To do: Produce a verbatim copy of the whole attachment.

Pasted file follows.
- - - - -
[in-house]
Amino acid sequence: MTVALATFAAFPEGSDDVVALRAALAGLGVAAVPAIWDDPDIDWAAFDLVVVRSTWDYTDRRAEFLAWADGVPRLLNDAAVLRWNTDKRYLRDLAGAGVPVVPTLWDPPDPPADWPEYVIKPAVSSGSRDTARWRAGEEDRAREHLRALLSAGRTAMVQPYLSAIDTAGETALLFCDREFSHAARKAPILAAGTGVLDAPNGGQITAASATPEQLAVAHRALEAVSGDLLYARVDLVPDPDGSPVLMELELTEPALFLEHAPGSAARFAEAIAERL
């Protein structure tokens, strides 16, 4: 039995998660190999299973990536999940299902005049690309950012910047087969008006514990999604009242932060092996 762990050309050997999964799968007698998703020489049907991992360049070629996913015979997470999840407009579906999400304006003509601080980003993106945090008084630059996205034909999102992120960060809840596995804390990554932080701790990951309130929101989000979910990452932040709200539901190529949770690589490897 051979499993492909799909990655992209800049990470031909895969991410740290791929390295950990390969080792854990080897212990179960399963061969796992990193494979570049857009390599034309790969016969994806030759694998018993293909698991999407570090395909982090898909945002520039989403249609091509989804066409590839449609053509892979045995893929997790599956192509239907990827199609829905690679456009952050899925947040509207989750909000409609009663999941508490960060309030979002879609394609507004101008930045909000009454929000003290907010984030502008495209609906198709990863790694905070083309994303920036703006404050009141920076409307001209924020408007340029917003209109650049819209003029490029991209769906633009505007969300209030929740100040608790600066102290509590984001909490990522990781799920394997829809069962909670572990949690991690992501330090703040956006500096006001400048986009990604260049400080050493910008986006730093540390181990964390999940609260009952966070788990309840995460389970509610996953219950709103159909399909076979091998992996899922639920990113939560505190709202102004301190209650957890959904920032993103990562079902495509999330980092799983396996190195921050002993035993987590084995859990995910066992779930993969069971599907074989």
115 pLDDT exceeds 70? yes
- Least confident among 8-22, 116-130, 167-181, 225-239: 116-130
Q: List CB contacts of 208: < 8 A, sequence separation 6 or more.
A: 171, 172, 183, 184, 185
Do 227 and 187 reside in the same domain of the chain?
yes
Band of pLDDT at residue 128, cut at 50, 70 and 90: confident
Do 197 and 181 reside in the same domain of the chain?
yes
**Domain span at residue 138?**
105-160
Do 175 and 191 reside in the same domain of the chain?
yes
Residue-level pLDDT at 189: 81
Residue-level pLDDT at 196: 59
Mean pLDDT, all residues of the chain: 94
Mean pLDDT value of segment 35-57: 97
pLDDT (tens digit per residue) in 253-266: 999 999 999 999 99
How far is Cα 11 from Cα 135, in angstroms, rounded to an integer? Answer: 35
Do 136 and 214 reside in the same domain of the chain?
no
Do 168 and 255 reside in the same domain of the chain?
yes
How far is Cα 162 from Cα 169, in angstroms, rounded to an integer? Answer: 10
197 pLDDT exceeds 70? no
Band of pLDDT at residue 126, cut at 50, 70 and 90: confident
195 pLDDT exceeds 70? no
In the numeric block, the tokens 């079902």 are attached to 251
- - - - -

[in-house]
Amino acid sequence: MTVALATFAAFPEGSDDVVALRAALAGLGVAAVPAIWDDPDIDWAAFDLVVVRSTWDYTDRRAEFLAWADGVPRLLNDAAVLRWNTDKRYLRDLAGAGVPVVPTLWDPPDPPADWPEYVIKPAVSSGSRDTARWRAGEEDRAREHLRALLSAGRTAMVQPYLSAIDTAGETALLFCDREFSHAARKAPILAAGTGVLDAPNGGQITAASATPEQLAVAHRALEAVSGDLLYARVDLVPDPDGSPVLMELELTEPALFLEHAPGSAARFAEAIAERL
């Protein structure tokens, strides 16, 4: 039995998660190999299973990536999940299902005049690309950012910047087969008006514990999604009242932060092996 762990050309050997999964799968007698998703020489049907991992360049070629996913015979997470999840407009579906999400304006003509601080980003993106945090008084630059996205034909999102992120960060809840596995804390990554932080701790990951309130929101989000979910990452932040709200539901190529949770690589490897 051979499993492909799909990655992209800049990470031909895969991410740290791929390295950990390969080792854990080897212990179960399963061969796992990193494979570049857009390599034309790969016969994806030759694998018993293909698991999407570090395909982090898909945002520039989403249609091509989804066409590839449609053509892979045995893929997790599956192509239907990827199609829905690679456009952050899925947040509207989750909000409609009663999941508490960060309030979002879609394609507004101008930045909000009454929000003290907010984030502008495209609906198709990863790694905070083309994303920036703006404050009141920076409307001209924020408007340029917003209109650049819209003029490029991209769906633009505007969300209030929740100040608790600066102290509590984001909490990522990781799920394997829809069962909670572990949690991690992501330090703040956006500096006001400048986009990604260049400080050493910008986006730093540390181990964390999940609260009952966070788990309840995460389970509610996953219950709103159909399909076979091998992996899922639920990113939560505190709202102004301190209650957890959904920032993103990562079902495509999330980092799983396996190195921050002993035993987590084995859990995910066992779930993969069971599907074989």
115 pLDDT exceeds 70? yes
- Least confident among 8-22, 116-130, 167-181, 225-239: 116-130
Q: List CB contacts of 208: < 8 A, sequence separation 6 or more.
A: 171, 172, 183, 184, 185
Do 227 and 187 reside in the same domain of the chain?
yes
Band of pLDDT at residue 128, cut at 50, 70 and 90: confident
Do 197 and 181 reside in the same domain of the chain?
yes
**Domain span at residue 138?**
105-160
Do 175 and 191 reside in the same domain of the chain?
yes
Residue-level pLDDT at 189: 81
Residue-level pLDDT at 196: 59
Mean pLDDT, all residues of the chain: 94
Mean pLDDT value of segment 35-57: 97
pLDDT (tens digit per residue) in 253-266: 999 999 999 999 99
How far is Cα 11 from Cα 135, in angstroms, rounded to an integer? Answer: 35
Do 136 and 214 reside in the same domain of the chain?
no
Do 168 and 255 reside in the same domain of the chain?
yes
How far is Cα 162 from Cα 169, in angstroms, rounded to an integer? Answer: 10
197 pLDDT exceeds 70? no
Band of pLDDT at residue 126, cut at 50, 70 and 90: confident
195 pLDDT exceeds 70? no
In the numeric block, the tokens 């079902």 are attached to 251